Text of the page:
Another difference between this classification and my copy of Bescherelle is that the latter treats it maudire as a second-group verb, but with an irregular infinitive and past participle, whereas the former says "it is considered a third-group verb". Is that also from Grevisse? —RuakhTALK 14:49, 27 April 2009 (UTC) fixed 11:11, 28 April 2009 (UTC), somehow failed to mention the verb I was talking about
Which verb are we talking about now? haïr? bénir? maudire? Whatever it is, you only use "it" to designate it, and I doubt it's envoyer... (I've seen maudire treated both ways, actually, and haïr is only ever discusse as a second-group) Circeus 06:43, 28 April 2009 (UTC)
I think that it's better to follow the usual classification. According to what I've learned at school:
  • -er verbs: 1st conjugation (but aller is a logical exception, as its conjugation has nothing to do with the 1st conjugation). envoyer and its derived verbs belong to this group, despite their irregular forms for future and conditional).
  • -ir (and ïr) verbs with an -isse subjunctive: 2d conjugation (the easiest one)
  • other -ir verbes, -oir verbs and -re verbs: 3rd conjugation (very artifical group, and should not be called a conjugation...). maudire belongs to this group, despite the fact that its conjugation is almost identical to the 2nd conjugation.
Special cases such as fiche or béton (laisse béton...) are not considered in this classification. I think that notes should be added where useful to explain the different options taken by grammarians. Lmaltier 07:36, 28 April 2009 (UTC)
I persist in disagreeing over the placement of envoyer, though I've already put myself with the mainstream over haïr which Grevisse & Goosse put down as an irregular verb (in this case the choice is arguably more acceptable given the tendency to analogically rebuild the offending forms of the present and imperative). For the rest, I entirely agree with you: any other irregulars, such as laisser's future in lair-, are strongly archaïc, dialectal, or not quite appropriate (ficher's "irregular" past participle is better analysed as a minced oat for foutu IMHO). Circeus 14:40, 28 April 2009 (UTC)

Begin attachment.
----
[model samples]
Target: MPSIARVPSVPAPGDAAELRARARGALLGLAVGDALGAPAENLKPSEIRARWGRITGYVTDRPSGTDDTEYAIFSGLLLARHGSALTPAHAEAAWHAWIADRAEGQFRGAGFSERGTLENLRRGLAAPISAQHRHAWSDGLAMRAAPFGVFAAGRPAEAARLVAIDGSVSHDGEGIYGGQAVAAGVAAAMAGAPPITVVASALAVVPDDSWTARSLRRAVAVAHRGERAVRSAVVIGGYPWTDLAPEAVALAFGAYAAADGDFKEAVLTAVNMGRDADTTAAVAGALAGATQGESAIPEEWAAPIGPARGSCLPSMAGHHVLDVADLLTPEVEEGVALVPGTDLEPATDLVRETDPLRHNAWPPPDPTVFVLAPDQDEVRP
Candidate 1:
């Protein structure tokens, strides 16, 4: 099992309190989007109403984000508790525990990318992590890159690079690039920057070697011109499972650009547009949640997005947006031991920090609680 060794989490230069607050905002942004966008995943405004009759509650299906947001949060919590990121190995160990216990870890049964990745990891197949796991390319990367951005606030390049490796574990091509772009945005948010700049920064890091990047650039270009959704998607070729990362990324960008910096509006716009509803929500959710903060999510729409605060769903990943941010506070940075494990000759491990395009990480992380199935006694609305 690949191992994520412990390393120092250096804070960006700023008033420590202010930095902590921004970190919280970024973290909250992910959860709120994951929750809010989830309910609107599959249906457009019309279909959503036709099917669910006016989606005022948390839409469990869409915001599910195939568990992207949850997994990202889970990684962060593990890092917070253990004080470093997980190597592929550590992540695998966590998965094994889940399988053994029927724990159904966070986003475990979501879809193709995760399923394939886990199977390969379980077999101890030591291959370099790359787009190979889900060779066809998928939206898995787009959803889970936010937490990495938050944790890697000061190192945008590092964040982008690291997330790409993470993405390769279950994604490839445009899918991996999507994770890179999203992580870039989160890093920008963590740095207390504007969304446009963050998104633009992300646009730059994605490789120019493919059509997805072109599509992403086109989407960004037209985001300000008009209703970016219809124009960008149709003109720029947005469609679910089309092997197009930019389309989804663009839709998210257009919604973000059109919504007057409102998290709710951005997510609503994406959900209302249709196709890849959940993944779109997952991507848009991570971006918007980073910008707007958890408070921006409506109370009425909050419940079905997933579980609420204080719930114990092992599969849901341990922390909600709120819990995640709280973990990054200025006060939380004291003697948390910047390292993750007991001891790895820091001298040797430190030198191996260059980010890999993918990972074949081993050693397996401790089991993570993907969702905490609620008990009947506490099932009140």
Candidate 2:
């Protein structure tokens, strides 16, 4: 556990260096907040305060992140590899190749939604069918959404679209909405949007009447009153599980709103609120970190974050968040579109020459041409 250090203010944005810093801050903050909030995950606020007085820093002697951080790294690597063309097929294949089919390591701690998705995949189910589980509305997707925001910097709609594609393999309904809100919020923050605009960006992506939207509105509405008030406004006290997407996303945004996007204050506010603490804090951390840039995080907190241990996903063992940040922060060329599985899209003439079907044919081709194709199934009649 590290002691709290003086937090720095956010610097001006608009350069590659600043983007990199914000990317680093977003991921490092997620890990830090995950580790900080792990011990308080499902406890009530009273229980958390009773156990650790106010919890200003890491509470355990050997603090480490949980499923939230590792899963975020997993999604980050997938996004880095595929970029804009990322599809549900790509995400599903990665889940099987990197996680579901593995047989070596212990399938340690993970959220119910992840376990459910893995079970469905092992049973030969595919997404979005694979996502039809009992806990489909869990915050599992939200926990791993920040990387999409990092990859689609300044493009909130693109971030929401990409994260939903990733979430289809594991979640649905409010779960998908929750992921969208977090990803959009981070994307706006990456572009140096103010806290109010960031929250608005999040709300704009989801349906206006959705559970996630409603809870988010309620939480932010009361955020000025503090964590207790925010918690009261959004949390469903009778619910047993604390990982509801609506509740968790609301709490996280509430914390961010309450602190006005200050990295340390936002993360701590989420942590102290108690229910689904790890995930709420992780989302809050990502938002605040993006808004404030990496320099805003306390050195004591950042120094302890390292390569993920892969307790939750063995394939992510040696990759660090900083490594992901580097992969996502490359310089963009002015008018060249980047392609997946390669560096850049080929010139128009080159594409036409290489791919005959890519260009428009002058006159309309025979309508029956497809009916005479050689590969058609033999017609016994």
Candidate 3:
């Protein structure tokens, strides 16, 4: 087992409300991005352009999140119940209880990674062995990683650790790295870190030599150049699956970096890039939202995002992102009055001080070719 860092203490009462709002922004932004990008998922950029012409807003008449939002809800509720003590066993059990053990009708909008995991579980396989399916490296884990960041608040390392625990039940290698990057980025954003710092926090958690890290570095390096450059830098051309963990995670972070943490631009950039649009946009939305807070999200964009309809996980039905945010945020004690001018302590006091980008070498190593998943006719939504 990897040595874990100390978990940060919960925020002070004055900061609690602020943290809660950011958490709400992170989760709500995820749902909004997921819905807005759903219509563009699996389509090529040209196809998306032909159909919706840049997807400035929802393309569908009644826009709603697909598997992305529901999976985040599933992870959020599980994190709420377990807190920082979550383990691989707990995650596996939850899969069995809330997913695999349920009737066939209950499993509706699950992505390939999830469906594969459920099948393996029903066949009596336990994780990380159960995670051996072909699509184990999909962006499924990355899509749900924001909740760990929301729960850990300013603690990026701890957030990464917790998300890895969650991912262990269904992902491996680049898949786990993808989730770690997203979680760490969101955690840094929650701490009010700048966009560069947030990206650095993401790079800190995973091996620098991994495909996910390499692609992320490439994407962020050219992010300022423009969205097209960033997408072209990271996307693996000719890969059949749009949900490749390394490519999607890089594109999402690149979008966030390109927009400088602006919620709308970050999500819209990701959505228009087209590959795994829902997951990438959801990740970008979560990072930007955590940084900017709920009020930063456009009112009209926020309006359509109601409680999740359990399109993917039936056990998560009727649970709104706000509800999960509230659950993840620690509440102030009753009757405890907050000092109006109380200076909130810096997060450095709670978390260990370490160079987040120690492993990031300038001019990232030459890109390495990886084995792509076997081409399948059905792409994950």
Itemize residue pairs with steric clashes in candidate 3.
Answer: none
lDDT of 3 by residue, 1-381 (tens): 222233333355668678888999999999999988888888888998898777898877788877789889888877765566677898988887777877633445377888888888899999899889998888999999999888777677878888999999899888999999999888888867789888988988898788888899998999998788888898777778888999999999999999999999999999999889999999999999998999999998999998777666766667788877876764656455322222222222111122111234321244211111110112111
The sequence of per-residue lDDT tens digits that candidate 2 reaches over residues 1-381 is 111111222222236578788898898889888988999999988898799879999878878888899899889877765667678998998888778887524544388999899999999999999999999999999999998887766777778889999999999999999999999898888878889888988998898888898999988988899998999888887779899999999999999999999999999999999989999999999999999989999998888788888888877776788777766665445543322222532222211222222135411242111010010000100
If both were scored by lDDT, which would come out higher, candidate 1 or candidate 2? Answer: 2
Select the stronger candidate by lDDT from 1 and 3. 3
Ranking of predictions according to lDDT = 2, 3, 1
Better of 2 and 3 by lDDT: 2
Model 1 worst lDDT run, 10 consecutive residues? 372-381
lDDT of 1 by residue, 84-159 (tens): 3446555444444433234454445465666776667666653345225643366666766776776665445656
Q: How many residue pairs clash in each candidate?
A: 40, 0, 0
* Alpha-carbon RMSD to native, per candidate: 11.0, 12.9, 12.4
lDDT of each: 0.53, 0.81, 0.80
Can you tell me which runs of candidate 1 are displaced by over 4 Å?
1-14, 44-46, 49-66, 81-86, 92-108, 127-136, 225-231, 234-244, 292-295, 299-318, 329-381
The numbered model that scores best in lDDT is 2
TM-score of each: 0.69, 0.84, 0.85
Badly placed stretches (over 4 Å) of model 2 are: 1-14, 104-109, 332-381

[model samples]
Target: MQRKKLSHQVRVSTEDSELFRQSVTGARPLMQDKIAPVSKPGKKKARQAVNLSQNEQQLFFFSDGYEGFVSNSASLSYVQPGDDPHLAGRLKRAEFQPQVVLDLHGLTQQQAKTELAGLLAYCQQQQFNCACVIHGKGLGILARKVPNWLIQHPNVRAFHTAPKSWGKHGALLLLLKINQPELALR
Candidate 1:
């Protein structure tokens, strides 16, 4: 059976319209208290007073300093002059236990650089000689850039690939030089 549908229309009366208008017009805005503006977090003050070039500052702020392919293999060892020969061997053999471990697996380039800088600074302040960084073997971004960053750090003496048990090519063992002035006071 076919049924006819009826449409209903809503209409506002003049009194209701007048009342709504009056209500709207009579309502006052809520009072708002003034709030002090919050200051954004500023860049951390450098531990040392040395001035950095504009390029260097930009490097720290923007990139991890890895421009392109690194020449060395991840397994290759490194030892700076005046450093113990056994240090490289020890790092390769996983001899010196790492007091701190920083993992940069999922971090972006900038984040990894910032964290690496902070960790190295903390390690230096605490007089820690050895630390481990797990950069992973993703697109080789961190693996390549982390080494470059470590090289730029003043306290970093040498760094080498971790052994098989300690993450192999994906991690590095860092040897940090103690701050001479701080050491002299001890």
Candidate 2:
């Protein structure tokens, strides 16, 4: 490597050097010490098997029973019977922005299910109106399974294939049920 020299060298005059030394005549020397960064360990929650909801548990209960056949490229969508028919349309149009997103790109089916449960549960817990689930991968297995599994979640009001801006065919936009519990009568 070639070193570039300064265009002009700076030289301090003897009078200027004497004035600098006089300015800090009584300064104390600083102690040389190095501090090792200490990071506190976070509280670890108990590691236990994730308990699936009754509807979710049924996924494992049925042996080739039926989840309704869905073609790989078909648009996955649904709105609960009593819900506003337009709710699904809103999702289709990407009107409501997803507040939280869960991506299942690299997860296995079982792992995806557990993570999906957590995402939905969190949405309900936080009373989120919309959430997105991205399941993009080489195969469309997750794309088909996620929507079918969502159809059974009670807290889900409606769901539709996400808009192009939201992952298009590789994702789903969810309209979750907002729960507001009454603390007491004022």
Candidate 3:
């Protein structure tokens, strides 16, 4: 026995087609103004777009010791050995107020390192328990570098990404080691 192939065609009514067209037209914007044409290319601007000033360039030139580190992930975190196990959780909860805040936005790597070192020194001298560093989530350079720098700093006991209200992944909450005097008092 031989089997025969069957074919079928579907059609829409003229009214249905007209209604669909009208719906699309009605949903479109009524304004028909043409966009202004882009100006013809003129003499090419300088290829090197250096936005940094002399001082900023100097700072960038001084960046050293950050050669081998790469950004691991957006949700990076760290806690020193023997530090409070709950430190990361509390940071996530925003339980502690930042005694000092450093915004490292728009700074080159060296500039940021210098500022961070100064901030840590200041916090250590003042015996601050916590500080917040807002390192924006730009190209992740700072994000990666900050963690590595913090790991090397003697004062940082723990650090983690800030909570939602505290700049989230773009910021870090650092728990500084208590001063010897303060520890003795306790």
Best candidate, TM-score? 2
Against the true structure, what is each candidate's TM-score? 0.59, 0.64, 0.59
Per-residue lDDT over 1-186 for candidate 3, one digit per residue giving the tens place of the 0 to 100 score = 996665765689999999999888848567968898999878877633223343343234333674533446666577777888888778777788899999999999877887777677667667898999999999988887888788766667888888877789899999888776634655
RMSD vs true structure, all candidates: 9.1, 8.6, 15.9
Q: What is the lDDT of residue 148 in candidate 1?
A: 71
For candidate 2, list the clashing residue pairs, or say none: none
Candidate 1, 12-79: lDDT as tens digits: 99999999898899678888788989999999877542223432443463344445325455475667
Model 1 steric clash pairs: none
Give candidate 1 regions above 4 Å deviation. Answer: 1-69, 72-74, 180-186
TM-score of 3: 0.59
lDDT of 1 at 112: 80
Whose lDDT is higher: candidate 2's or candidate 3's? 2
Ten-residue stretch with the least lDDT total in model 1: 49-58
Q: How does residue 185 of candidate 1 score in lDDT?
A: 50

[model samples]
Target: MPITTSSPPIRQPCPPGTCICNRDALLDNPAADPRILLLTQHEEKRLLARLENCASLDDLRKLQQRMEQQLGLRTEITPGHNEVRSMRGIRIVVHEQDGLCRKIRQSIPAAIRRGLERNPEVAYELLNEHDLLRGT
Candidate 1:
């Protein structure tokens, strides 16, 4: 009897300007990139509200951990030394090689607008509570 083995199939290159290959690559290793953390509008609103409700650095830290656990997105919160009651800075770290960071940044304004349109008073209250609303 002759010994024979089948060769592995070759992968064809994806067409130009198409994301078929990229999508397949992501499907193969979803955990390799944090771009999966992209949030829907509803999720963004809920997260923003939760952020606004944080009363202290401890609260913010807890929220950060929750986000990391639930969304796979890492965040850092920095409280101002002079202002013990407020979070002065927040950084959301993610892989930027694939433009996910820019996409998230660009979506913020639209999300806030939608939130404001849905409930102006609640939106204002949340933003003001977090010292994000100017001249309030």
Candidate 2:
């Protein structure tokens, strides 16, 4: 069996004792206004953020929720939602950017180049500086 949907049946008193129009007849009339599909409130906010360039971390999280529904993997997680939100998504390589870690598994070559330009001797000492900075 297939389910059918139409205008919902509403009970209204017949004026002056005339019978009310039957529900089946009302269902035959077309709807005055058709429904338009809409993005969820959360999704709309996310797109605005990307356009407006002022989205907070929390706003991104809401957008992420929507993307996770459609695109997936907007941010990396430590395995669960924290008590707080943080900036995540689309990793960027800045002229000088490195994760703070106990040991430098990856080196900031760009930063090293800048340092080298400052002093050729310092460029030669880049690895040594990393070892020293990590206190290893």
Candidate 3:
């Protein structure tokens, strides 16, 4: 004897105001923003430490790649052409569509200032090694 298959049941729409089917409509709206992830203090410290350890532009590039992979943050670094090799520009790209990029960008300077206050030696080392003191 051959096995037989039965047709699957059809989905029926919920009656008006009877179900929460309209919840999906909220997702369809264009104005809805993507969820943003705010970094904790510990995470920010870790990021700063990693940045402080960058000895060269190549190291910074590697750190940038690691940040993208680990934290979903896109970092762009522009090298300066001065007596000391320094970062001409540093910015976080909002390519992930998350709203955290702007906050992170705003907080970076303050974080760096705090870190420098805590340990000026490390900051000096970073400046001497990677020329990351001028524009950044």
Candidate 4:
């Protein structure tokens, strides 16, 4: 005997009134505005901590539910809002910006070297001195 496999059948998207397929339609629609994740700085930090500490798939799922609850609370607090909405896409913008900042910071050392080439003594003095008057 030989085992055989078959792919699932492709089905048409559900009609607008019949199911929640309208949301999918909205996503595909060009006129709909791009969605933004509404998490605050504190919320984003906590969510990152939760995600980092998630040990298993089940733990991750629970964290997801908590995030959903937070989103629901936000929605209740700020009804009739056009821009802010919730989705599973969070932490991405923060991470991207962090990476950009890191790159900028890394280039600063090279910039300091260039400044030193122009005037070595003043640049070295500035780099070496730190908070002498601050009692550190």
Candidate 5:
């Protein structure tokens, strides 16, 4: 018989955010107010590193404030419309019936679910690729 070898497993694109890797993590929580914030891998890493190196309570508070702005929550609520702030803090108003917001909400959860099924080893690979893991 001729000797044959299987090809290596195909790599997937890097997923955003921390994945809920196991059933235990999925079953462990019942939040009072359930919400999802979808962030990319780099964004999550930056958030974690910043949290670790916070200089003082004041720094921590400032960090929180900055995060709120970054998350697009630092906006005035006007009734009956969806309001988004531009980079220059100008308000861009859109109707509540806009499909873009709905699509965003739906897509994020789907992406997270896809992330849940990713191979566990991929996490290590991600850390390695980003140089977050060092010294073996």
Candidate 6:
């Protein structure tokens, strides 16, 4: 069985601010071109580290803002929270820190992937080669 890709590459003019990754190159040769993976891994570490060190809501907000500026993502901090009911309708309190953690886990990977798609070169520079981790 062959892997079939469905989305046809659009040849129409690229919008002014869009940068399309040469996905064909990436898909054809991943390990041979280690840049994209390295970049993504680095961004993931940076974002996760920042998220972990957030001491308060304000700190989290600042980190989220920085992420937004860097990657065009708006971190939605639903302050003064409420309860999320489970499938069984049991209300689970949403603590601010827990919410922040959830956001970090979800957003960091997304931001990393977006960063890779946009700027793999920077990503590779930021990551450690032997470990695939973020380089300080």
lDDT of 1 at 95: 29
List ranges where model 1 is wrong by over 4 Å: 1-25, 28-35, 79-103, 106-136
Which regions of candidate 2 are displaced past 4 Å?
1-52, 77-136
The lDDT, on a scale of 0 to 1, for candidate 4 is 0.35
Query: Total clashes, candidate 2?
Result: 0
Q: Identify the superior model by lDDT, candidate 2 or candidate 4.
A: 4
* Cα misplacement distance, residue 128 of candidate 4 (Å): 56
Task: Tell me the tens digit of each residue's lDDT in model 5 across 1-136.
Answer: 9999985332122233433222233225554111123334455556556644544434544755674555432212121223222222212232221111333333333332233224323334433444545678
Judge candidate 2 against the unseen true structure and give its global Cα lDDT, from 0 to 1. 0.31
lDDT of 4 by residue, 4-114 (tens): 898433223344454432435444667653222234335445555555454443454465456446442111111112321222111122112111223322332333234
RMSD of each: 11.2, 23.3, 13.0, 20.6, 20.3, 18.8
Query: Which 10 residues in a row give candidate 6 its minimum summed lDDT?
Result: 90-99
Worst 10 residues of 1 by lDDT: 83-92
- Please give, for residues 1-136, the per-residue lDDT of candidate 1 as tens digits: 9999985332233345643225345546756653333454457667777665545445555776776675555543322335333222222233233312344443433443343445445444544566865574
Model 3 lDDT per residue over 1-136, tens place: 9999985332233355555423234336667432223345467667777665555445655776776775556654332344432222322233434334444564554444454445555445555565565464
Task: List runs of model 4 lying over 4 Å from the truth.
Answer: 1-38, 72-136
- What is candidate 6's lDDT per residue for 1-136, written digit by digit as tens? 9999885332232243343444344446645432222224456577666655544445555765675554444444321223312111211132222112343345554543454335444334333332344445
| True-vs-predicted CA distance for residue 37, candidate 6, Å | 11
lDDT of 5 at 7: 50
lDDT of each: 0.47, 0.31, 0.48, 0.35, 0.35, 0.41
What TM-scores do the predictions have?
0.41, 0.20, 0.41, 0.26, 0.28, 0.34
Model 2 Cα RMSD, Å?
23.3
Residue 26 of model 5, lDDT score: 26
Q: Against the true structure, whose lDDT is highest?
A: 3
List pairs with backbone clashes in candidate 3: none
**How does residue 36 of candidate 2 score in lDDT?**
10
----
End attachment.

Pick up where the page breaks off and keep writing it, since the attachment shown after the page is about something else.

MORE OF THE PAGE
Error about second person conjugation[edit]

This article states that all second person singular conjugations end with -s. This is true for all regular verbs, but some irregular verbs end in -x. See Tu Peux or Tu Veux.

That's right. Thank you for the correction. —Internoob (DiscCont) 00:43, 20 July 2010 (UTC)

Misleading appendix name.[edit]

This appendix is named "French verbs", but all it discusses is the classification of French verbs by conjugation, and the formation of the various verb-forms for each conjugation-type. I think it should be moved to Appendix:French verb conjugation, and we can create an Appendix:French verbs that's about French verbs more generally. —RuakhTALK 14:50, 20 July 2010 (UTC)

Should the verb 'ascendre' be conjugated with être?[edit]

At least, the french wiktionary suggests it being so. 14:37, 25 December 2015 (UTC)

The verb feels archaic to me. TLFi marks it as "dated, unused" and its only compound use exemple has "avoir". The "movement verbs use être", like many such rules, may not be as old as we like to think,a nd be significantly less applicable to a verb that fell out of common use (if it ever was) well over a hundred years ago. Circeus (talk) 12:30, 26 December 2015 (UTC)